I attended kindergarten at Zena Elementary School in Kingston, New York, where my teacher was Ms. Silvernail. Back then, Search Engine Optimization (SEO) didn’t yet exist. Search engines didn’t exist because the web was not yet invented. Mainframes dominated the computing landscape and PC’s were a decade away from invention.
Despite the lack of tablets, apps and the web, I sure learned a lot in kindergarten. It was my first formal setting with other kids my age and Ms. Silvernail taught us a lot about manners and other social norms. When I look at today’s “white hat” SEO strategies – that is, those that follow search engine rules and guidelines and focus on the “human audience,” I see a lot of similarities with the concepts I learned back in kindergarten.
Let’s consider how kindergarten helped give me the foundation for today’s SEO practices.
Respect authority. “Listen to what the teacher says.”
Prior to kindergarten, we learned to respect the authority of our parents. In a school setting, we had to learn how to respect our teacher, along with other authority figures at the school.
With SEO, the search engines are authorities who hold a lot of “power.” In fact, they determine your effectiveness, in the same way that teachers determine your grades. For optimum results on Google, for instance, a good first step is to use Google Webmaster Tools.
Google will use this tool to send you “Messages” about your site’s availability, as well as instances where it suspects that link spam is pointing to your site. If a teacher asks you to sit up straight, you do it. If Google finds link spam pointing to your site, you investigate and resolve it.
“If you get something that’s not your’s, give it back.”
A classmate hands me something that’s clearly not mine. I’d tell Ms. Silvernail, explain that it’s not mine and she’d take it away from me. There’s a similar arrangement with SEO. Let’s say Google finds links to your site that violate their quality guidelines. You’ve never heard of the site linking to you and don’t understand why they’d want to do so.
You can use the “disavow links” feature in Google Webmaster Tools: “In other words, you can ask Google not to take certain links into account when assessing your site.” (read more at Google’s disavow links page). For expected turnaround time on the disavow, Google says this:
“It may take some time for Google to process the information you’ve uploaded. In particular, this information will be incorporated into our index as we recrawl the web and reprocess the pages that we see, which can take a number of weeks.”
“Play within the rules.”
Whether it was in the classroom or on the playground, we played by Ms. Silvernail’s rules. If we strayed from the rules, there were consequences to pay. Google has posted its own rules: a detailed Webmaster Guidelines that includes a number of sections. Pay close attention to the “Quality guidelines” section.
Also, have a look at a useful video from Google’s Matt Cutts regarding the Google Penguin 2.0 update, which deployed on May 22, 2013:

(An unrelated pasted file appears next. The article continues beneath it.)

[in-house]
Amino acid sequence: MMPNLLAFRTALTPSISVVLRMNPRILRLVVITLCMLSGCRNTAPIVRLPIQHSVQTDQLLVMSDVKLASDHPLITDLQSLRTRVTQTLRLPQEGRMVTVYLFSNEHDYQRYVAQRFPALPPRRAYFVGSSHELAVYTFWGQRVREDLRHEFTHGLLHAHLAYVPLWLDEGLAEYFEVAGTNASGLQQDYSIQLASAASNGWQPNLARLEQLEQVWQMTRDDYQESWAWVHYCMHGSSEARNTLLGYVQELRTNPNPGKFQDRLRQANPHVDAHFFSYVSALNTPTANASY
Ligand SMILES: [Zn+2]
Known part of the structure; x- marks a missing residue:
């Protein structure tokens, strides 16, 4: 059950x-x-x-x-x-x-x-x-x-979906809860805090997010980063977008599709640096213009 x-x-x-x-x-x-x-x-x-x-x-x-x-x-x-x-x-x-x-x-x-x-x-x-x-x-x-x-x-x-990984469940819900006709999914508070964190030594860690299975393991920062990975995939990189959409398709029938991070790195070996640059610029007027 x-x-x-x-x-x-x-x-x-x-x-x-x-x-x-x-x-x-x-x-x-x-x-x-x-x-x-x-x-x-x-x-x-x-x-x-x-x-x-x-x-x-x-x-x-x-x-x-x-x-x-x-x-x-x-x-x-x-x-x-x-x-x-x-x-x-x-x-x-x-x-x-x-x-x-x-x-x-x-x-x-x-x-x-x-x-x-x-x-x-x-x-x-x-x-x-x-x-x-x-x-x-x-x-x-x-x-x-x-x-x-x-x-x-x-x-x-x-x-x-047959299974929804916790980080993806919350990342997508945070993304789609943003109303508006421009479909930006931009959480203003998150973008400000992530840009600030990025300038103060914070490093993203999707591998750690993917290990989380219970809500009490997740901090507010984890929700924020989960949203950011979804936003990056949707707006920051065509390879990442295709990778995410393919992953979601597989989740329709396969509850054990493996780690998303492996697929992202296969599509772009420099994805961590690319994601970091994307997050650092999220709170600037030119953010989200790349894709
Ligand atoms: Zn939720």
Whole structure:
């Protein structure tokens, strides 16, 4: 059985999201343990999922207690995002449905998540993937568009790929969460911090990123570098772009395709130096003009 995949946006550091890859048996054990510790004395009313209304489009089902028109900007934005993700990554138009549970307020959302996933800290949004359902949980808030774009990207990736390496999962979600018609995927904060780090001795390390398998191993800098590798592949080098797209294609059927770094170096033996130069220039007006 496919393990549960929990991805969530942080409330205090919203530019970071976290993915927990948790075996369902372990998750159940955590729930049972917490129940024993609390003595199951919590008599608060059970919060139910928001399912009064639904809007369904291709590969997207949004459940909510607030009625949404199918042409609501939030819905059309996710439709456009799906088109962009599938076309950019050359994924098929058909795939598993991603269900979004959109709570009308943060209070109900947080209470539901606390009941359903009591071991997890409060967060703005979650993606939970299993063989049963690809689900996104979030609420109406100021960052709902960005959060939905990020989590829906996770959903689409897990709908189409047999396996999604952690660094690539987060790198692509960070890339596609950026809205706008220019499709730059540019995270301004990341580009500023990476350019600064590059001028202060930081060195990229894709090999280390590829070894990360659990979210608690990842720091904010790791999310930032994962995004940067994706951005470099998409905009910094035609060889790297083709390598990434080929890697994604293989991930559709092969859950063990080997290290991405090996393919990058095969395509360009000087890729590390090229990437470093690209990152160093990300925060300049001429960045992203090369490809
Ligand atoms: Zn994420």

Alternatively, read a summary of the Cutts video, posted by Search Engine Land.
Truth be told, I can’t recall whether the concept of cheating surfaced in kindergarten (for me). But it was certainly introduced during elementary school. Google has a page detailing link schemes, which “includes any behavior that manipulates links to your site or outgoing links from your site.” Carefully review the “forbidden” practices listed in this article. And know that for SEO, it never pays to cheat (Ms. Silvernail said so).
“Be honest. Say what you feel.”
We were taught to be honest in kindergarten. The web, on the other hand, has seen shady practices that were implemented to “game” the search engines. For the most part, these practices are no longer effective: keyword stuffing, unnatural anchor text, etc.
Write content for your audience (of human beings) and not for search engines. Write clearly and “say what you feel.” Read your page content aloud to confirm whether it sounds natural. Search engines now reward quality content over “crawler optimized” content.
If you’ve been punished, correct bad behavior and let the teacher know.
Let’s say your website traffic fell off a cliff. Perhaps you can trace it back to May 22, 2013, when Google deployed Penguin 2.0. Just as in kindergarten, you work on correcting the “bad behavior,” then let the teacher know.
While a teacher explicitly tells you what you did wrong, the search engines aren’t nearly as direct. So the biggest challenge may be identifying the (perceived) bad behavior. Titan SEO has a good article on the “road to resubmission” that lists things to investigate. The article notes that after correcting issues, you can submit a reconsideration request to Google.
While the details of search engine optimization may seem complex, they’re based on principles that we learned in kindergarten. Follow guidelines, avoid tricks and be honest. And if you do stray from the guidelines, correct past wrongs to get back in the good graces of the authorities.
Unlike kindergarten, the rules and guidelines of SEO are constantly changing. Google makes more changes in a given day than your kindergarten made all year long. So keep up to date with changes from Google and the other search engines.
And if you’re reading this, Ms. Silvernail, I hereby disavow the free lunch that I received from the cafeteria on the first day of kindergarten.
This post was originally published on the DNN Software blog.